It’s good news all around and so inspiring to see so much love and support for Canadian books. I’m so thrilled to be a part of it and hope you’ll be a part of it too.

January 31, 2012

New Featured Ad: Great Plains Publications

I’m pleased to welcome Great Plains Publications to our sidebar. I’d enjoyed reading Nerys Parry’s Man & Other Natural Disasters last month, and so was happy when they approached me about placing an ad on the site. My posts and reviews at Pickle Me This are never paid for and opinions expressed are ever my own, but it is definitely nice to be featuring an ad for a book whose goodness I can stand behind and can recommend wholeheartedly.

January 11, 2012

The Canadian Publisher as "important component of civilization"

Here’s what sprang to my mind when I heard about Random House’s takeover of McClelland & Stewart:

“I arrive in Toronto on the day that Coach House Press goes out of business. (Coach House’s recent revival could not be foreseen at the time.) More startling than Coach House’s death is the reaction to its demise. Where past politicians, even those ill-disposed towards the cultural sector, would have felt it expedient to play lip-service to Coach House’s achievements, Ontario Premier Mike Harris launched into an attack on the press’s ‘history of total government dependence.’ Though Harris’ characterization isn’t strictly accurate, I am struck by how many of the writers and commentators who respond to Harris argue from the same set of assumptions: they defend Coach House’s accounting and marketing strategies, arguing for the press as a viable business rather than an important component of a civilization… Canadian public debate has changed in ways that make it increasingly difficult to justify, or even imagine, the sense of collective endeavour that fuelled the writing community only a few years earlier.” –Stephen Henighan, “Between Postcolonialism and Globalization”

(As you can see, I got a lot out of Henighan’s book, which I picked up just after the death of Josef Skvorecky, whose work he addesses in the essay “Canadian Cultural Cringe” and which certainly provided a counterpoint to the Skvorecky obits. And then this Random House news yesterday afternoon. Seems Henighan’s ideas are very relevant at the moment.)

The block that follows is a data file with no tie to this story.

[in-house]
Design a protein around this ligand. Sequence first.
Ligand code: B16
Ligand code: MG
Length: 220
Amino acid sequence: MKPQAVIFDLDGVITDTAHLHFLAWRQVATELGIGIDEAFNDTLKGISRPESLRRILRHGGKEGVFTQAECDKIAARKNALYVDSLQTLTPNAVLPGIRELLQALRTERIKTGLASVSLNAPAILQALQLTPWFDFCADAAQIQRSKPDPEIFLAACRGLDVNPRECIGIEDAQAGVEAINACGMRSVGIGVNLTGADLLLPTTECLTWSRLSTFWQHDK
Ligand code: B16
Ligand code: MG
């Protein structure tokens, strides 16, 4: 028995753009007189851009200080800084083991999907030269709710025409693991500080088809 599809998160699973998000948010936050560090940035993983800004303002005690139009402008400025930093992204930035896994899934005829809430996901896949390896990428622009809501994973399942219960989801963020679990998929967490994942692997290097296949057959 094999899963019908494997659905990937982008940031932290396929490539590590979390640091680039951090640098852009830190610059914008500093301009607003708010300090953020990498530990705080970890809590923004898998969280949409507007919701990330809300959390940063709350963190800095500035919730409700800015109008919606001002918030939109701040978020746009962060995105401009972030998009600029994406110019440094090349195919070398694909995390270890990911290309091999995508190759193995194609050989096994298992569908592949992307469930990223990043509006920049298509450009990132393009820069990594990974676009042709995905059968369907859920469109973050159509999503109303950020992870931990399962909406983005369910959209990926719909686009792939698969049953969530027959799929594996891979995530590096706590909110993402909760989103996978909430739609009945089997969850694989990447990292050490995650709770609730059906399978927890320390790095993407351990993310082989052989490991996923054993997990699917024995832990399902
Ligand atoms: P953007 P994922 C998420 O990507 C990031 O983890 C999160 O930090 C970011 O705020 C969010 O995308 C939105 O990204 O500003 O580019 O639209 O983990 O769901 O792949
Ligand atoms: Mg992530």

January 5, 2012

Books I'm looking forward to in 2012

I’ve posted my Winter/Spring 2012: Most Anticipated Books of the Season post for Canadian Bookshelf, which I think is impossible to read through without being overwhelmed with some serious book lust. I’m looking forward to so many of these books, which will certainly be enough to carry us through the winter to the spring. In addition to the Canadian picks, I’m longing for Arcadia by Lauren Groff, who is perhaps my favourite American author of the moment– I loved The Monsters of Templeton and Delicate Edible Birds. I’ve already pre-ordered a copy of the latest Penelope Lively, How It All Began— she is wonderful, as is everything she touches.  I know that Ali Smith’s There But For The came out last year, but I missed it, a mistake I will be fast to rectify. Can’t wait for Emily Perkins’ The Forrests, her latest book since Novel About My Wife. I’m also looking forward to finally reading Douglas Gibson’s Stories About Storytellers, about Gibson’s adventures in editing some of Canada’s greatest writers (which I’m particularly in the mood for after reading the terrific interview with Robert Gottlieb in The Paris Review Interviews Vol. 1). And then The New Republic by Lionel Shriver, which apparently is a reissue of a book from early in her career, and I will read it because Shriver is such a good writer, even if her novels themselves (save …Kevin) are not always altogether satisfying.

December 19, 2011

Blogging course makes the news

Much of this Fall was consumed by the adventure my first round of teaching The Art and Business of Blogging at through UofT’s School of Continuing Studies. An article on the course was included in The Toronto Sun‘s recent continuing education supplement, and is available for your reading here. And just a reminder that the course will be offered again in the spring!

August 8, 2011

Every little bit of the story is true

I’m sure I’m not the only person who is watching the riots unfolding in London, and thinking about Stephen Kelman’s Pigeon English (but not the part about the pigeon). Also about the riots in Vancouver, and how books are the opposite of mob mentality. That these things are just as much about people being idiots (and how) as they are about a profound level of broadbased spiritual poverty and systemic discrimination– every little bit of the story is true. I think that it’s by reading fiction that I’ve learned to process events in the world with reactions that aren’t totally knee-jerk.